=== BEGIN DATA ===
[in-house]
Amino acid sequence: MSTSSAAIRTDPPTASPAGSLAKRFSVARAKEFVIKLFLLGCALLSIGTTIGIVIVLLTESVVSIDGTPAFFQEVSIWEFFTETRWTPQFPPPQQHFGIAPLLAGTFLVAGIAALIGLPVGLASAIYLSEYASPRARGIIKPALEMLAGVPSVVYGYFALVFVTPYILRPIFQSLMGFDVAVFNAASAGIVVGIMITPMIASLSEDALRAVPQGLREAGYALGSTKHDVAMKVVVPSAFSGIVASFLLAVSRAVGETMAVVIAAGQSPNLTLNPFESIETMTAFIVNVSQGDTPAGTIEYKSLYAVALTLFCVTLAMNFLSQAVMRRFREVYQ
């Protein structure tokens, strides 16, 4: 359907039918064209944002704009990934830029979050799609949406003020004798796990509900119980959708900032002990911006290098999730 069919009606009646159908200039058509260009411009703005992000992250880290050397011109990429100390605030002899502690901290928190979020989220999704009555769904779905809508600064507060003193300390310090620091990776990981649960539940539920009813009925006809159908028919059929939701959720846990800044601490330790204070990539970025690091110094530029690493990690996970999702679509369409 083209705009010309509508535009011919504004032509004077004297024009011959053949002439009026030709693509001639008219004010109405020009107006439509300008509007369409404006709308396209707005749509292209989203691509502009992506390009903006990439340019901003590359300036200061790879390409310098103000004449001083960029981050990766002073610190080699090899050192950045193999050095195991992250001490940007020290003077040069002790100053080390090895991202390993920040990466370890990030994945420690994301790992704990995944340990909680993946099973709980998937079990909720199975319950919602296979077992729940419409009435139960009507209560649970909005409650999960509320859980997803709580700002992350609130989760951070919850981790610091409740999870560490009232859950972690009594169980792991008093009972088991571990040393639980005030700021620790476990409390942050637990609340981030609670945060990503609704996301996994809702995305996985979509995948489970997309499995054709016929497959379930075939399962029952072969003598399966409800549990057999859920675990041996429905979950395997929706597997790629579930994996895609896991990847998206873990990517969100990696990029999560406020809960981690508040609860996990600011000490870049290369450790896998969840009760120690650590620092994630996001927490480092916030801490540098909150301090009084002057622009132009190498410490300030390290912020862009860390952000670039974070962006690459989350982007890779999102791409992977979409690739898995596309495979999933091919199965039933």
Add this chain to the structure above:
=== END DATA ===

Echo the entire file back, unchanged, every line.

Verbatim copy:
[in-house]
Amino acid sequence: MSTSSAAIRTDPPTASPAGSLAKRFSVARAKEFVIKLFLLGCALLSIGTTIGIVIVLLTESVVSIDGTPAFFQEVSIWEFFTETRWTPQFPPPQQHFGIAPLLAGTFLVAGIAALIGLPVGLASAIYLSEYASPRARGIIKPALEMLAGVPSVVYGYFALVFVTPYILRPIFQSLMGFDVAVFNAASAGIVVGIMITPMIASLSEDALRAVPQGLREAGYALGSTKHDVAMKVVVPSAFSGIVASFLLAVSRAVGETMAVVIAAGQSPNLTLNPFESIETMTAFIVNVSQGDTPAGTIEYKSLYAVALTLFCVTLAMNFLSQAVMRRFREVYQ
């Protein structure tokens, strides 16, 4: 359907039918064209944002704009990934830029979050799609949406003020004798796990509900119980959708900032002990911006290098999730 069919009606009646159908200039058509260009411009703005992000992250880290050397011109990429100390605030002899502690901290928190979020989220999704009555769904779905809508600064507060003193300390310090620091990776990981649960539940539920009813009925006809159908028919059929939701959720846990800044601490330790204070990539970025690091110094530029690493990690996970999702679509369409 083209705009010309509508535009011919504004032509004077004297024009011959053949002439009026030709693509001639008219004010109405020009107006439509300008509007369409404006709308396209707005749509292209989203691509502009992506390009903006990439340019901003590359300036200061790879390409310098103000004449001083960029981050990766002073610190080699090899050192950045193999050095195991992250001490940007020290003077040069002790100053080390090895991202390993920040990466370890990030994945420690994301790992704990995944340990909680993946099973709980998937079990909720199975319950919602296979077992729940419409009435139960009507209560649970909005409650999960509320859980997803709580700002992350609130989760951070919850981790610091409740999870560490009232859950972690009594169980792991008093009972088991571990040393639980005030700021620790476990409390942050637990609340981030609670945060990503609704996301996994809702995305996985979509995948489970997309499995054709016929497959379930075939399962029952072969003598399966409800549990057999859920675990041996429905979950395997929706597997790629579930994996895609896991990847998206873990990517969100990696990029999560406020809960981690508040609860996990600011000490870049290369450790896998969840009760120690650590620092994630996001927490480092916030801490540098909150301090009084002057622009132009190498410490300030390290912020862009860390952000670039974070962006690459989350982007890779999102791409992977979409690739898995596309495979999933091919199965039933």
Add this chain to the structure above: